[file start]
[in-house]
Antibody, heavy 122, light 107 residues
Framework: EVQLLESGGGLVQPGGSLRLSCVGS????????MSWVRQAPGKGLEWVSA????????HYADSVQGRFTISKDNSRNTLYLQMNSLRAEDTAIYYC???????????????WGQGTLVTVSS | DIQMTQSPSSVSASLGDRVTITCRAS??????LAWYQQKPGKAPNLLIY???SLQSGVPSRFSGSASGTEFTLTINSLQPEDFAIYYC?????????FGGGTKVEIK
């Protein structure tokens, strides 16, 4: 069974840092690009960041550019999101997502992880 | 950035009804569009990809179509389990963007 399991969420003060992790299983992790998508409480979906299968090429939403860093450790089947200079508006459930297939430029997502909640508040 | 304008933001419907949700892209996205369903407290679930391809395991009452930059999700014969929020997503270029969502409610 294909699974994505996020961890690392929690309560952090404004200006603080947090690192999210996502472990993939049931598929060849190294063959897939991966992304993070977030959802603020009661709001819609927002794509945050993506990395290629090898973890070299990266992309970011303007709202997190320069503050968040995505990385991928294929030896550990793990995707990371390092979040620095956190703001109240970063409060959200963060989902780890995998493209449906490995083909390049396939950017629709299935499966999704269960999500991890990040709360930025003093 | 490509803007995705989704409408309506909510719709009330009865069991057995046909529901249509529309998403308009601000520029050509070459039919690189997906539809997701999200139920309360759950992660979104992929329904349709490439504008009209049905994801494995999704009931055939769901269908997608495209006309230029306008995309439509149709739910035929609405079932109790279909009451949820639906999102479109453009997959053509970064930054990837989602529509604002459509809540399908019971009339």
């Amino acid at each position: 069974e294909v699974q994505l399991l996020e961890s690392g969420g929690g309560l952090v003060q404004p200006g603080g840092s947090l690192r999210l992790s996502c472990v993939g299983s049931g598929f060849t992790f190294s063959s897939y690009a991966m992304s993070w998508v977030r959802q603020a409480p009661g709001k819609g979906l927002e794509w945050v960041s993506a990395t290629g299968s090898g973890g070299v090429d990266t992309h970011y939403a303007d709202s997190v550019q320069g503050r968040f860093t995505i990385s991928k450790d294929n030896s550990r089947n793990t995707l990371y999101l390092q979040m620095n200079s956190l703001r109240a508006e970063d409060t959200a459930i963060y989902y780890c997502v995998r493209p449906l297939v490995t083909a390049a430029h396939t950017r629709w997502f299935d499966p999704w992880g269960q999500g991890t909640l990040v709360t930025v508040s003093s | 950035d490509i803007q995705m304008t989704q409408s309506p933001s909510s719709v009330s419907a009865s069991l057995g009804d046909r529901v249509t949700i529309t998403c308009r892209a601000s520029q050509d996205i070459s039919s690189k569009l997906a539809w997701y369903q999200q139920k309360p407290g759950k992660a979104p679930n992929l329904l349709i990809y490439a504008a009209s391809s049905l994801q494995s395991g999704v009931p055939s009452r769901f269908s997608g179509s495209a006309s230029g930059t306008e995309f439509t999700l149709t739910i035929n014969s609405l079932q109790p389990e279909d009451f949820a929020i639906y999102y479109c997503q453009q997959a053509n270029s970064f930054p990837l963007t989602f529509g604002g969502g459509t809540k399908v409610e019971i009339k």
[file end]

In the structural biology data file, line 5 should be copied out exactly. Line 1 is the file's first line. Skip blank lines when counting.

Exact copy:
């Amino acid at each position: 069974e294909v699974q994505l399991l996020e961890s690392g969420g929690g309560l952090v003060q404004p200006g603080g840092s947090l690192r999210l992790s996502c472990v993939g299983s049931g598929f060849t992790f190294s063959s897939y690009a991966m992304s993070w998508v977030r959802q603020a409480p009661g709001k819609g979906l927002e794509w945050v960041s993506a990395t290629g299968s090898g973890g070299v090429d990266t992309h970011y939403a303007d709202s997190v550019q320069g503050r968040f860093t995505i990385s991928k450790d294929n030896s550990r089947n793990t995707l990371y999101l390092q979040m620095n200079s956190l703001r109240a508006e970063d409060t959200a459930i963060y989902y780890c997502v995998r493209p449906l297939v490995t083909a390049a430029h396939t950017r629709w997502f299935d499966p999704w992880g269960q999500g991890t909640l990040v709360t930025v508040s003093s | 950035d490509i803007q995705m304008t989704q409408s309506p933001s909510s719709v009330s419907a009865s069991l057995g009804d046909r529901v249509t949700i529309t998403c308009r892209a601000s520029q050509d996205i070459s039919s690189k569009l997906a539809w997701y369903q999200q139920k309360p407290g759950k992660a979104p679930n992929l329904l349709i990809y490439a504008a009209s391809s049905l994801q494995s395991g999704v009931p055939s009452r769901f269908s997608g179509s495209a006309s230029g930059t306008e995309f439509t999700l149709t739910i035929n014969s609405l079932q109790p389990e279909d009451f949820a929020i639906y999102y479109c997503q453009q997959a053509n270029s970064f930054p990837l963007t989602f529509g604002g969502g459509t809540k399908v409610e019971i009339k």